Must Bitcoin ‘Drop Ideals’ of Decentralization to Achieve Mass Adoption?

Key management is crucial to crypto maintaining decentralization. But, as hacks and exploits have grown in number, the dream of self-custody has become more difficult to maintain.

AccessTimeIconApr 3, 2024 at 5:04 p.m. UTC
Updated Apr 3, 2024 at 6:46 p.m. UTC
AccessTimeIconApr 3, 2024 at 5:04 p.m. UTCUpdated Apr 3, 2024 at 6:46 p.m. UTC
AccessTimeIconApr 3, 2024 at 5:04 p.m. UTCUpdated Apr 3, 2024 at 6:46 p.m. UTC

Can crypto scale and still retain its commitment to individuals holding their own keys? Increasingly it seems like the answer is “no.” As blockchain security firm CertiK pointed out in a recent report, nearly half of the $503 million lost in crypto security breaches this past quarter involved private key compromises.

This feature is part of CoinDesk’s “Future of Bitcoin” package and excerpted from The Node newsletter, a daily roundup of the most pivotal crypto news on CoinDesk and beyond. You can subscribe to get the full newsletter here.

To be fair, this statistic is likely skewed by a few high profile instances. Namely, the $112.5 million hack of Ripple co-founder and executive chair Chris Larsen’s personal XRP wallets in January.

There were fewer total key compromises (26 incidents) than rug pulls (34 incidents), though if counting phishing scams (83 incidents) — which is definitely a matter of users maintaining control over their coins — key management incidents account for a hefty majority of losses in Q1 2024.

Of course, this is nothing new: people have been losing access to their “wallet.dat files” since the days of yore when Bitcoiners were able to mine BTC on their desktops. One poor soul has for years been fighting for permission to excavate a landfill in the U.K. after mistakenly tossing out a hard drive with 7,500 bitcoins.

People lose access to their keys in attacks like SIM swaps and social engineering exploits; by forgetting their seed or pass phrases; sometimes hardware simply fails, be it hard drives or cold wallets; or things can be wiped in a natural disaster like a fire or flood, and yes, sometimes boating accidents happen.

The point is, key management is an unsolved problem in crypto. This is why, as crypto has scaled to more and more users, there have been more and more custodial solutions that replace the challenges of proper key management — which is dangerous and difficult — with the familiar security solutions of using passwords to log into third party services.

“There’s an overwhelming demand in the Bitcoin community that we must scale, we must scale, we must scale,” Craig Raw, founder of bitcoin desktop wallet Sparrow, said in a panel discussion at Adopting Bitcoin Arnhem 2024.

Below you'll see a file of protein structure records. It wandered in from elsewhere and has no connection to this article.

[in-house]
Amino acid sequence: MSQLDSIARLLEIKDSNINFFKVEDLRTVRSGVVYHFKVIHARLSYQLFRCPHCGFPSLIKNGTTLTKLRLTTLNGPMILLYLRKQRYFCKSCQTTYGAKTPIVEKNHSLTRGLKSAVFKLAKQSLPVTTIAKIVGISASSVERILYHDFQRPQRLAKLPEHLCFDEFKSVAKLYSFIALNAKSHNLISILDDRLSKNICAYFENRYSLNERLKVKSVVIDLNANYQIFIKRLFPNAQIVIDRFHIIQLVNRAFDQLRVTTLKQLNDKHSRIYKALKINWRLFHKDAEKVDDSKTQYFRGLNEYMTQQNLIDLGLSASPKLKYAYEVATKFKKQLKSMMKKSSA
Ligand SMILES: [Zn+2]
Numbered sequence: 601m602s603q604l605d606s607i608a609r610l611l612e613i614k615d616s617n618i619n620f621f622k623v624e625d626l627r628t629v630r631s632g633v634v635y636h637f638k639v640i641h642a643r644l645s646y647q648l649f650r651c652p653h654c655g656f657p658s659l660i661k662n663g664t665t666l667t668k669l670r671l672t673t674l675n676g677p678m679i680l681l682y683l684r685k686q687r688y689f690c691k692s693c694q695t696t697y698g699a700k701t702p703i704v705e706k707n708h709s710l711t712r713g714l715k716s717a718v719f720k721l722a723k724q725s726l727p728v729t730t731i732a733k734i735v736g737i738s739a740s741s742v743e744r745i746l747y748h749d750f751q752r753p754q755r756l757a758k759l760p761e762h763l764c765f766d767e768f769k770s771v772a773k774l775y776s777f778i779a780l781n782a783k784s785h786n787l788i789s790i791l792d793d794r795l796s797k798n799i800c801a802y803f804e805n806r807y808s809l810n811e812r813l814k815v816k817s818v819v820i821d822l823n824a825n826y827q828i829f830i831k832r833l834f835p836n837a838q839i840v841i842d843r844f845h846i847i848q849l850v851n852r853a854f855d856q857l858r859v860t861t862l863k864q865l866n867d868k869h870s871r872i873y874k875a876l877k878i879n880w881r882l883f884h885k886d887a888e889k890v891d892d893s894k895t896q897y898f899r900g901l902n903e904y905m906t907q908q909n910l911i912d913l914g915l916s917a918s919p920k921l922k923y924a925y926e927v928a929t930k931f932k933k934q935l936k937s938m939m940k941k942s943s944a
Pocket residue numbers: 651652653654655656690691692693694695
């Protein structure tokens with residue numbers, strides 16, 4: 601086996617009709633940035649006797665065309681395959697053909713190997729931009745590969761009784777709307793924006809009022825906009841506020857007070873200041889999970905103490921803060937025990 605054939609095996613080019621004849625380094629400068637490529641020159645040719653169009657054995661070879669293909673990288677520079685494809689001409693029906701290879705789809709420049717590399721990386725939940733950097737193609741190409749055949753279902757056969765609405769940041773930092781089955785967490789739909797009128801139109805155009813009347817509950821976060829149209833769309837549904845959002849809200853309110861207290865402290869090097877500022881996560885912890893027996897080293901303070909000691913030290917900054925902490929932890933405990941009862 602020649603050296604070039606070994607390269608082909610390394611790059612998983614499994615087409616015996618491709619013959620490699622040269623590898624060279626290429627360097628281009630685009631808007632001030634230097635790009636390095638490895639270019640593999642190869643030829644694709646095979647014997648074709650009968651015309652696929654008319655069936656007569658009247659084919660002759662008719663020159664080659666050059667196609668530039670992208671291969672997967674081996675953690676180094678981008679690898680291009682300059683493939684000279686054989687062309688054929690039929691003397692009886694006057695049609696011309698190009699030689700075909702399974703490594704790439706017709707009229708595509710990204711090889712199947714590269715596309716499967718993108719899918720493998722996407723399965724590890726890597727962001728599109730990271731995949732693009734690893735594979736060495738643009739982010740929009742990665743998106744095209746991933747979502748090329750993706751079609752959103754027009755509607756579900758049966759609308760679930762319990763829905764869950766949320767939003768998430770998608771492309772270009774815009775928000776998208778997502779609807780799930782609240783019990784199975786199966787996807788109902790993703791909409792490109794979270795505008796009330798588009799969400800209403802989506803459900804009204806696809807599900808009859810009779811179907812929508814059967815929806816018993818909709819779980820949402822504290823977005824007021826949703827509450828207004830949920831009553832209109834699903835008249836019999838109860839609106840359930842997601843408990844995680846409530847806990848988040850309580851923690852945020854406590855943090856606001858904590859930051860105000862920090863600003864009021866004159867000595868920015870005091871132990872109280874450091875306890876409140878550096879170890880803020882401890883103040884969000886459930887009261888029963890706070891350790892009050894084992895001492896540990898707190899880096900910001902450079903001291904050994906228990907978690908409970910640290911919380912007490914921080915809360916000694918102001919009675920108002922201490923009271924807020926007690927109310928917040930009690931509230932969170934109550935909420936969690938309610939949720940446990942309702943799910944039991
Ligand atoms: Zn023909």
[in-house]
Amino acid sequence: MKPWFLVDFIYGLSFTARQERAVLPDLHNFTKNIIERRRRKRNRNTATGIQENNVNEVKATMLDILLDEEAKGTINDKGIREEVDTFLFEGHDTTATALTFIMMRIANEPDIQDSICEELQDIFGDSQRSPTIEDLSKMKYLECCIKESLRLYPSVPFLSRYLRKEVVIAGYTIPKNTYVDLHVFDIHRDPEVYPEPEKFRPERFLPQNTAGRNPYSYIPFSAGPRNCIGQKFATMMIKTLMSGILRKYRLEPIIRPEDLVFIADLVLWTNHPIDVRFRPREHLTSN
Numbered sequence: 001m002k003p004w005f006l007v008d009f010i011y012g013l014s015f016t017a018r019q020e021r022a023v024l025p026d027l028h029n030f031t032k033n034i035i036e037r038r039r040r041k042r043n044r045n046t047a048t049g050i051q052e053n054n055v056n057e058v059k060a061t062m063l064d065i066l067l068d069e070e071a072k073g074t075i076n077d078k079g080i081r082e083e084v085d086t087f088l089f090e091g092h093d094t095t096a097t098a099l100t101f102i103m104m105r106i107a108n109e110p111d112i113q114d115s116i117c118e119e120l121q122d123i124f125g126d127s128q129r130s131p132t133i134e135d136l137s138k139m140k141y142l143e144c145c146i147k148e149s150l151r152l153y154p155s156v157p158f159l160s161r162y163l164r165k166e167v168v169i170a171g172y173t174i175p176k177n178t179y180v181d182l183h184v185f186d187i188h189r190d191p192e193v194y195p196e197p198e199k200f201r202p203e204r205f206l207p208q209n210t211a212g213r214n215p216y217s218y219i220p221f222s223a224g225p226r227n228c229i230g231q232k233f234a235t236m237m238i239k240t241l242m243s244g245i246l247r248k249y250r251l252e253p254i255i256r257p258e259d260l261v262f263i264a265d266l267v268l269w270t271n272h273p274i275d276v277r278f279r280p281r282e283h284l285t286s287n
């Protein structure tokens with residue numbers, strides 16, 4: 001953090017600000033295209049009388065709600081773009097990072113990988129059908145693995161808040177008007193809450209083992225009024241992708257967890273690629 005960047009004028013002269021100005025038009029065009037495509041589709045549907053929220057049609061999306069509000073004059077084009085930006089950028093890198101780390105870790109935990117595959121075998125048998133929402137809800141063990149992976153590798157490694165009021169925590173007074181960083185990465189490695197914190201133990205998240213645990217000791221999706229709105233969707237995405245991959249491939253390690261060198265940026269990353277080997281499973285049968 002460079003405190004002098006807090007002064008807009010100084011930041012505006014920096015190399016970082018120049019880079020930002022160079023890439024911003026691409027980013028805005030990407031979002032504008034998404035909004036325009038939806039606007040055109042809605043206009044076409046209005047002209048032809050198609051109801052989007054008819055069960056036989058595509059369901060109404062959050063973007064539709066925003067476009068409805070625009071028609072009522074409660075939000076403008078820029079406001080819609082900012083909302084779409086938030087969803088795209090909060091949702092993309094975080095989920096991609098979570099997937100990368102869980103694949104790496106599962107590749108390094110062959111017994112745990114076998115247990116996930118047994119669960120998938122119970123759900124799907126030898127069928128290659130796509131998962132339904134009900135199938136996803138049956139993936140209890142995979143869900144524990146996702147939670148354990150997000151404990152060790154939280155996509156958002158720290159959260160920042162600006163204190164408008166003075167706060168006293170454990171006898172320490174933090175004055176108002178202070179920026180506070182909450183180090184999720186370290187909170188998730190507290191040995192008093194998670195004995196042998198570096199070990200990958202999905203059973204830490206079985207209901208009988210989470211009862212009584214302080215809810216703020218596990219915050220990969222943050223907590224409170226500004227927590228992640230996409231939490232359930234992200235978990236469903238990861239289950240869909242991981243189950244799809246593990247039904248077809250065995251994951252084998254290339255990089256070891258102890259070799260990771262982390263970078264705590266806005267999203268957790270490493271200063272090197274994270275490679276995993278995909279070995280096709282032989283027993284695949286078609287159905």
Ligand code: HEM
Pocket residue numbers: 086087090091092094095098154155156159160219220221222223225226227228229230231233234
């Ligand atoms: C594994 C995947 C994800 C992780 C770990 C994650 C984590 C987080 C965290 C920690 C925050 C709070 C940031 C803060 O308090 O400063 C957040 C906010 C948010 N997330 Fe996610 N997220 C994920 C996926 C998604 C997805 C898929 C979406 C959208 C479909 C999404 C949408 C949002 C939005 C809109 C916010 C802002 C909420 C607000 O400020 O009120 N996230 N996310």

A video recording of a four minute clip featuring Raw from the event has recently been making the rounds on Crypto Twitter in part because Raw convincingly lays out the tension between getting blockchains — specifically Bitcoin — into the hands of hundreds of millions of users and the challenges of maintaining decentralization.

“We have given up a lot of things in Bitcoin because of this demand to scale. And I'm just going to throw it out there that I don't necessarily think scaling is the be all and end all of everything that we should be thinking about,” he said.

Notably, the only way for crypto to remain censorship-resistant is for people to maintain their own keys. There is an old idea in the Bitcoin community that “Uncle Jims” could run nodes for smaller groups of less technically-inclined people, an idea that has been increasingly diminished, Raw said.

“It used to be like no debates around the fact that that's not your keys, not your coins. I'm seeing erosion in that term,” Raw said. “If you ask people today, what ‘Uncle Jim’ means, it's the guy who custodies bitcoin on behalf of the family unit. You see the difference between those two things?"

Gleb Zykov, chief technology officer of a HashEx Blockchain Security, noted in his company’s own report of Q1 hacks that “if anything, every incident shows the continuous and sophisticated nature of threats facing this industry,” suggesting the risks of self-custody will only get harder.

I don’t have all the answers here, whether it’s possible to maintain the precepts of decentralization while also encouraging mass adoption. And neither, apparently, does Raw: “If you start to drop your ideals, you start to lose those things that make bitcoin unique.”

It depends then on what you value.

Edited by Benjamin Schiller.

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Daniel Kuhn

Daniel Kuhn is a deputy managing editor for Consensus Magazine. He owns minor amounts of BTC and ETH.